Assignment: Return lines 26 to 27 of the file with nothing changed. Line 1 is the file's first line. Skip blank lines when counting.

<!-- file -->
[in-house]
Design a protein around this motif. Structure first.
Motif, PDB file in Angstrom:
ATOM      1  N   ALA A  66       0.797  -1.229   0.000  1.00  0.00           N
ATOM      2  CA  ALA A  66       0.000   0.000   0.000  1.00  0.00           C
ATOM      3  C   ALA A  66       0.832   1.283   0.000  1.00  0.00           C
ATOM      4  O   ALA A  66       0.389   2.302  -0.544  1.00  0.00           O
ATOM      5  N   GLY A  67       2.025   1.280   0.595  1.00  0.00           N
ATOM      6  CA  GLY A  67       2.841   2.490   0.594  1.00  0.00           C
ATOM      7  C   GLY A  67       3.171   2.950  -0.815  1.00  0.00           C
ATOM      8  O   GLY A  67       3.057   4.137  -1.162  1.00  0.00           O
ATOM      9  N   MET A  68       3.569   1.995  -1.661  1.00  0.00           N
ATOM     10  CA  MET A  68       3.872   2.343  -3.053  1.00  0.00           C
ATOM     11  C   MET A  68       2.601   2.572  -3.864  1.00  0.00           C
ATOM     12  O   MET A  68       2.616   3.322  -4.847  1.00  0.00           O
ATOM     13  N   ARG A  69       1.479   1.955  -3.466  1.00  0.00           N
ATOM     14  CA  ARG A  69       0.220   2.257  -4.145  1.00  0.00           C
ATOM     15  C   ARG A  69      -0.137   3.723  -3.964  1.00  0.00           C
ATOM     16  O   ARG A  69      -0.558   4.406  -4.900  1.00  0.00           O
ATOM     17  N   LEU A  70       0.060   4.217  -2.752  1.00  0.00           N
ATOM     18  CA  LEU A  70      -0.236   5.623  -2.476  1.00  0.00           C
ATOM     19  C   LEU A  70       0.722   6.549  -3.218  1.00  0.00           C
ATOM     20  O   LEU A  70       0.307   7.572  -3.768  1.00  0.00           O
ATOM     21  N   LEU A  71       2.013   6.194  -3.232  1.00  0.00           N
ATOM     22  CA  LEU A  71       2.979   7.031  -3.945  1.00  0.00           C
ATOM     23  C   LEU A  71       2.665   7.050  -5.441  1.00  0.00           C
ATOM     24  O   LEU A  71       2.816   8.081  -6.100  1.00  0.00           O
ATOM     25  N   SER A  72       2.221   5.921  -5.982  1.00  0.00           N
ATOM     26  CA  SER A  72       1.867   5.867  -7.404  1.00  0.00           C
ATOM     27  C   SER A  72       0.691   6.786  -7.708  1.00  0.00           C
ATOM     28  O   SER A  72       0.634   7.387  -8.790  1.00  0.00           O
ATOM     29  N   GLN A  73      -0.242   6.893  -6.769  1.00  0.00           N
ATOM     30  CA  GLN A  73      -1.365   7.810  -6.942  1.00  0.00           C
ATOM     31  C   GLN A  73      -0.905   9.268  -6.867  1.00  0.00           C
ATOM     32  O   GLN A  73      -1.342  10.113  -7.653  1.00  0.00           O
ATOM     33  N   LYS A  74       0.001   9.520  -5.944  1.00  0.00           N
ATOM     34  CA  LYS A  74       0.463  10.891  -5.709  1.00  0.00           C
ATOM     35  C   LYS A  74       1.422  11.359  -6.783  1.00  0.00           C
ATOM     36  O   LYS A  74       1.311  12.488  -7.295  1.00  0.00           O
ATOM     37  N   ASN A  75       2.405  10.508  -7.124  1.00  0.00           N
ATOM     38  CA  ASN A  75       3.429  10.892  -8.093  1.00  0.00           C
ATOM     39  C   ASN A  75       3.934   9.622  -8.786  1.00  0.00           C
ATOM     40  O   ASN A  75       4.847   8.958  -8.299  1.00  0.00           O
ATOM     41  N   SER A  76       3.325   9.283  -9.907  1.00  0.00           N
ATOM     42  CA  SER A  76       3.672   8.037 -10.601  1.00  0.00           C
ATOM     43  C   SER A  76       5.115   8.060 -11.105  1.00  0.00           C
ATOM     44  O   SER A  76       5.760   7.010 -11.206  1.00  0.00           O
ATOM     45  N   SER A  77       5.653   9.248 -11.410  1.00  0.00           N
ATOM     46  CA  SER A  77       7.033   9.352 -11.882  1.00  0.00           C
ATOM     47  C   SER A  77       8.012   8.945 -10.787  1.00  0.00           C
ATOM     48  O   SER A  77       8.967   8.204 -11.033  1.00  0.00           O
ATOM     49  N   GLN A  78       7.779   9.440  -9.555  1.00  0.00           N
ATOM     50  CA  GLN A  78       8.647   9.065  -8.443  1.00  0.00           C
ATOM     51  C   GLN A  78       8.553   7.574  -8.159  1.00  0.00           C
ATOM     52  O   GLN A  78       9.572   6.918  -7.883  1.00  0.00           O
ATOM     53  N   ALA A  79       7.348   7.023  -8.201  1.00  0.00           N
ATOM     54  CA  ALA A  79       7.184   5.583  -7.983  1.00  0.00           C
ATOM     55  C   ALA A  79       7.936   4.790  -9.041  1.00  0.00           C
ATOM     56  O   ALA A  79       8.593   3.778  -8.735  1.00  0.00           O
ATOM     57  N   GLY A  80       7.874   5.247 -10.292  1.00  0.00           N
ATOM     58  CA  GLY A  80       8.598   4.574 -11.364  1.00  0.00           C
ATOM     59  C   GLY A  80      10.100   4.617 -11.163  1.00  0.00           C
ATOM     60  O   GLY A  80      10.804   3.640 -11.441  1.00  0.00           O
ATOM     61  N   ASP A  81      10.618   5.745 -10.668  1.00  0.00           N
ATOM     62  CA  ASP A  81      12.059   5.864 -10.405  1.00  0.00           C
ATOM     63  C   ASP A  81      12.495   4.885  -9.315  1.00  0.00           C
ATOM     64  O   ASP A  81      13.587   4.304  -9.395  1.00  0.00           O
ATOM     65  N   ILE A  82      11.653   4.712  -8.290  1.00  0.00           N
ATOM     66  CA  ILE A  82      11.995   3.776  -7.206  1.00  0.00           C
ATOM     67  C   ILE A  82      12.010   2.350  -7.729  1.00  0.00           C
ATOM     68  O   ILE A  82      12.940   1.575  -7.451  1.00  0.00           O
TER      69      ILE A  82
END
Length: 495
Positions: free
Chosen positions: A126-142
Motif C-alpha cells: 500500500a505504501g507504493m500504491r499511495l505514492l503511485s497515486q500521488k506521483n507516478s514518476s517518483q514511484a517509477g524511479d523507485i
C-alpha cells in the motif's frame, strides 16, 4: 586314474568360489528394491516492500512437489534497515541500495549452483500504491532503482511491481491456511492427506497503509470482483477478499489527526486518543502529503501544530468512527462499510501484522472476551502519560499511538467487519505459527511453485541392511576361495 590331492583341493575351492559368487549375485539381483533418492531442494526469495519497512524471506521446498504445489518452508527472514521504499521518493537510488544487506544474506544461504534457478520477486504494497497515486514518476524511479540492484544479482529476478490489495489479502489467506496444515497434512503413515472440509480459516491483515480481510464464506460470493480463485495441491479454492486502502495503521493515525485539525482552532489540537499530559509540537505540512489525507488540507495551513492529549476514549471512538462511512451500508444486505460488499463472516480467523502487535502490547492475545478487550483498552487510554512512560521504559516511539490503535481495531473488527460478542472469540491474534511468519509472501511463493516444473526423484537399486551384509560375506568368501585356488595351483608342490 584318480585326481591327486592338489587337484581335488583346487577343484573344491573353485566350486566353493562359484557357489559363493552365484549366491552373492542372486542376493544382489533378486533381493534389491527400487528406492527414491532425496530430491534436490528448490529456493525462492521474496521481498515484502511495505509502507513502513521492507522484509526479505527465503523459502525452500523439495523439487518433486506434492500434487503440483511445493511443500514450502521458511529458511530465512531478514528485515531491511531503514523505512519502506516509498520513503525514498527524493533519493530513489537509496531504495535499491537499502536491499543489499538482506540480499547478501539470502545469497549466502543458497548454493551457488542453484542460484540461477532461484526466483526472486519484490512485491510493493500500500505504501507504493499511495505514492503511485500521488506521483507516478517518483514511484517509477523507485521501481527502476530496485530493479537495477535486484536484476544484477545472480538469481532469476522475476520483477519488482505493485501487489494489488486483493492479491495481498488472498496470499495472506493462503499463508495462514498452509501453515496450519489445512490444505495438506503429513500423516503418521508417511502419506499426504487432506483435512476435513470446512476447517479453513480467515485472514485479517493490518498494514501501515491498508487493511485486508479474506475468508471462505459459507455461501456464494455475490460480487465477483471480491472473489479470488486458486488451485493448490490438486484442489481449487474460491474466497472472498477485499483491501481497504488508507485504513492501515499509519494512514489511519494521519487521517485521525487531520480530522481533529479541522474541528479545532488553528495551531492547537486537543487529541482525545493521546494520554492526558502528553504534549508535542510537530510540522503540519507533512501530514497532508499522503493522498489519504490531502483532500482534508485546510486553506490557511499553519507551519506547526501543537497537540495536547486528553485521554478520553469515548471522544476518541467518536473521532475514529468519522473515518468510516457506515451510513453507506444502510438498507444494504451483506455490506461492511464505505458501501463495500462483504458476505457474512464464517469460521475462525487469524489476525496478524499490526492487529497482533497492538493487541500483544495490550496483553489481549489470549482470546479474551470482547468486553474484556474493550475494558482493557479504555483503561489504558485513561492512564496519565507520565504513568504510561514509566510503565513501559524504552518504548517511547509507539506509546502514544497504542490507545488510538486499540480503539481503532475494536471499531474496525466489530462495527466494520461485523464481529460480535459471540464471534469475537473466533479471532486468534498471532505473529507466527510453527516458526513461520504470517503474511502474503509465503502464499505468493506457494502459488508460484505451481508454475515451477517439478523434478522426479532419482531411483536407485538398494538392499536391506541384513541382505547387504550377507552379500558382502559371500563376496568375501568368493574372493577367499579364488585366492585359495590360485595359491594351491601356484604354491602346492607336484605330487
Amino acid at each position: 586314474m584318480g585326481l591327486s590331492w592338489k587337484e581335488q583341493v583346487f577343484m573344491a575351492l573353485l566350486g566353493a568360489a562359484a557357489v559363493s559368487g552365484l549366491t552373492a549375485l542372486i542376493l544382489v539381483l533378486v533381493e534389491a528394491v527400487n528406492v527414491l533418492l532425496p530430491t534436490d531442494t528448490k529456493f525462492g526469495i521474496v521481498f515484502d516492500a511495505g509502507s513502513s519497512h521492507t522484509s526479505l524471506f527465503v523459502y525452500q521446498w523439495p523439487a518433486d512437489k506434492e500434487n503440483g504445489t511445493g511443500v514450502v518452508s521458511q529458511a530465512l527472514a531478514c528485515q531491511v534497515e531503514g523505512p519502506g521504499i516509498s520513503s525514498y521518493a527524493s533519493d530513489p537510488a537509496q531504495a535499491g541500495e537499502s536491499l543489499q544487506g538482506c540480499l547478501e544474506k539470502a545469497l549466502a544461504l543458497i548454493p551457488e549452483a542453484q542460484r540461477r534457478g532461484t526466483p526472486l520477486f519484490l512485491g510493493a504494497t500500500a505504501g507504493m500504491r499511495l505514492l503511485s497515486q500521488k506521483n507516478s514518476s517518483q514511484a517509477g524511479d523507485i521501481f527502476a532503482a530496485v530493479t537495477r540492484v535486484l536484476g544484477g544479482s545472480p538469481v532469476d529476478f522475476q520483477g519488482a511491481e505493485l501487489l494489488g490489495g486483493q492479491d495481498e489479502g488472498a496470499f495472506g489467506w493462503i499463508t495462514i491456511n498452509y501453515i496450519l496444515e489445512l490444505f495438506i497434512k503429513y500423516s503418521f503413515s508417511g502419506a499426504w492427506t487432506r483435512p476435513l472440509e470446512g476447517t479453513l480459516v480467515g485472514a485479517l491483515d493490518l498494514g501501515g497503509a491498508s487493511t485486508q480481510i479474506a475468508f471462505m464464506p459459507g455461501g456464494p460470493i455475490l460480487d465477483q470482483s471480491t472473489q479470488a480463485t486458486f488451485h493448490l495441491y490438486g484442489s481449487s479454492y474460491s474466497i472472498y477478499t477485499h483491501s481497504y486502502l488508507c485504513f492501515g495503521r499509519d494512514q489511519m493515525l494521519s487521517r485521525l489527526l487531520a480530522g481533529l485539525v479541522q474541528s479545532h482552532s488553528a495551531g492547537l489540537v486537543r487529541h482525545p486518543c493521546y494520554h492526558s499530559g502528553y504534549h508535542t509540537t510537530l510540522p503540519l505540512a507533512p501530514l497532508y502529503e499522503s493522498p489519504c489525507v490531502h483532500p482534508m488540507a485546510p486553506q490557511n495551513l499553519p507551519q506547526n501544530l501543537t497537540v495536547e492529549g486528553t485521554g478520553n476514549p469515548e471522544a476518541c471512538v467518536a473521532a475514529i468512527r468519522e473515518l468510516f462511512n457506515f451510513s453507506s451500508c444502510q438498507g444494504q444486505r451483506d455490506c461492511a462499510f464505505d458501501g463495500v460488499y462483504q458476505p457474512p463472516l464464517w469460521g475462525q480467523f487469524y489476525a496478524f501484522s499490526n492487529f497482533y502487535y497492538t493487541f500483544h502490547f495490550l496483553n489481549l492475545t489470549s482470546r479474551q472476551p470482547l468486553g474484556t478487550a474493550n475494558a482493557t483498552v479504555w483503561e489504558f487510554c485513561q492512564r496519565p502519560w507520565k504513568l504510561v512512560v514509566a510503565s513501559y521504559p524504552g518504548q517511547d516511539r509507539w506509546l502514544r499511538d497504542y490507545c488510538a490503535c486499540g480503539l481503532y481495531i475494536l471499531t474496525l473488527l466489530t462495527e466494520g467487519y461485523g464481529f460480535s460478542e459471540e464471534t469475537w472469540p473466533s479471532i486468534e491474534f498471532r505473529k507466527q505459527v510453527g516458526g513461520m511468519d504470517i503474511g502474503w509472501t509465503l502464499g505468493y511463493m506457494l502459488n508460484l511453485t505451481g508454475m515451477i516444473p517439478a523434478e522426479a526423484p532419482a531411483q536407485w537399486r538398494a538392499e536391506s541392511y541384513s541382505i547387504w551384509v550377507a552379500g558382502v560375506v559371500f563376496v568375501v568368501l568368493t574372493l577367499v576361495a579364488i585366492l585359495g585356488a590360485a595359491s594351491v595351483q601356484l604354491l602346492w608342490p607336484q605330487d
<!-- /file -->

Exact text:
ATOM     23  C   LEU A  71       2.665   7.050  -5.441  1.00  0.00           C
ATOM     24  O   LEU A  71       2.816   8.081  -6.100  1.00  0.00           O